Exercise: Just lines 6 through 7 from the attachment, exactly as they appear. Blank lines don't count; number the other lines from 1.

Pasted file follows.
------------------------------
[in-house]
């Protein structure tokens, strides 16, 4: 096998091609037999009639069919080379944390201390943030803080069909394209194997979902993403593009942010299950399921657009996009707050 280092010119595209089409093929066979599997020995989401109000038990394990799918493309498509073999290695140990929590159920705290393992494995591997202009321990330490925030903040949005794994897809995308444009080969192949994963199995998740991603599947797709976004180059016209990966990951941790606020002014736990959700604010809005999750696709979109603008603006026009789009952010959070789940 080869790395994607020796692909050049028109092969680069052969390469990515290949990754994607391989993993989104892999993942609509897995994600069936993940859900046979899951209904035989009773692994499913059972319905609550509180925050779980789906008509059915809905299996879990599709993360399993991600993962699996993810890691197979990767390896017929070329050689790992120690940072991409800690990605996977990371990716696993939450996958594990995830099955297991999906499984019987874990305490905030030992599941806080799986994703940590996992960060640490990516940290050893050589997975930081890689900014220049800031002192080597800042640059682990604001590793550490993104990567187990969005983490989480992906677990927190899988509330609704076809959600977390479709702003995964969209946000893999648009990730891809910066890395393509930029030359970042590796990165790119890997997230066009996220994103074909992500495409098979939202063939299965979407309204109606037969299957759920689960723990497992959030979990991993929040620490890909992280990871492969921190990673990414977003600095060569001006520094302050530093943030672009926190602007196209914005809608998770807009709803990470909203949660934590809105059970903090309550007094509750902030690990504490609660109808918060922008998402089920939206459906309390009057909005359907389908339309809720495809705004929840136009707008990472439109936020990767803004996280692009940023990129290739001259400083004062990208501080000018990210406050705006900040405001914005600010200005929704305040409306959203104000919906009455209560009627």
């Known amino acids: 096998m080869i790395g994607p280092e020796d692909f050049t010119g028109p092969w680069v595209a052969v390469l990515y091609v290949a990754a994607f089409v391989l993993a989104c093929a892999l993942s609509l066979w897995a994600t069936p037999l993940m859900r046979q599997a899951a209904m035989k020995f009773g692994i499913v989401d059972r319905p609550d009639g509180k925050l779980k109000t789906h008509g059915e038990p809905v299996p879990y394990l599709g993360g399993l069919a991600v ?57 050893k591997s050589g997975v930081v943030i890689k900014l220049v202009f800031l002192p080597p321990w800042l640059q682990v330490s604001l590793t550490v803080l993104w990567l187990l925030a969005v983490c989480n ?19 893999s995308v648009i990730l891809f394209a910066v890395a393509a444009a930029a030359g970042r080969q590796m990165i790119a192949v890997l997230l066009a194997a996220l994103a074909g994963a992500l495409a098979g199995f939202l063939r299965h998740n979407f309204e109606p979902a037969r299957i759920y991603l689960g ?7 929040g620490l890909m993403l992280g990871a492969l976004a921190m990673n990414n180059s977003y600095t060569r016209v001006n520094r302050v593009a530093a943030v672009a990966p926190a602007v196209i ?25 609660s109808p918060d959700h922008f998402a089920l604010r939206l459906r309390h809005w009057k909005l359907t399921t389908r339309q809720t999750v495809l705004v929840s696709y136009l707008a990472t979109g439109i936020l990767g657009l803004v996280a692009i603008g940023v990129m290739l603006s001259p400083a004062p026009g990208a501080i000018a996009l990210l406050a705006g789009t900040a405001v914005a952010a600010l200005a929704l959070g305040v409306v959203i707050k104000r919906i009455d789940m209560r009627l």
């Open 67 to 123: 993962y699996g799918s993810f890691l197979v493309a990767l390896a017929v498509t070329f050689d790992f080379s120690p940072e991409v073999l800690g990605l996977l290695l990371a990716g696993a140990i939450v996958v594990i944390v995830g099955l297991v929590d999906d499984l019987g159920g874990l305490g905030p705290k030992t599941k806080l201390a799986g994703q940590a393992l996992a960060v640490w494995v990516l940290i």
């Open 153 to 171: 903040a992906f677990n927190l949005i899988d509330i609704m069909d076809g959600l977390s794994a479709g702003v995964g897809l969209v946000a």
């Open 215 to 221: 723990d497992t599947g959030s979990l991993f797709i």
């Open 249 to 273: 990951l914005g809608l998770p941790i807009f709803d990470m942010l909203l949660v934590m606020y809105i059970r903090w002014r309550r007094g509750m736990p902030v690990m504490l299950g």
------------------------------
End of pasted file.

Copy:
């Open 215 to 221: 723990d497992t599947g959030s979990l991993f797709i």
């Open 249 to 273: 990951l914005g809608l998770p941790i807009f709803d990470m942010l909203l949660v934590m606020y809105i059970r903090w002014r309550r007094g509750m736990p902030v690990m504490l299950g």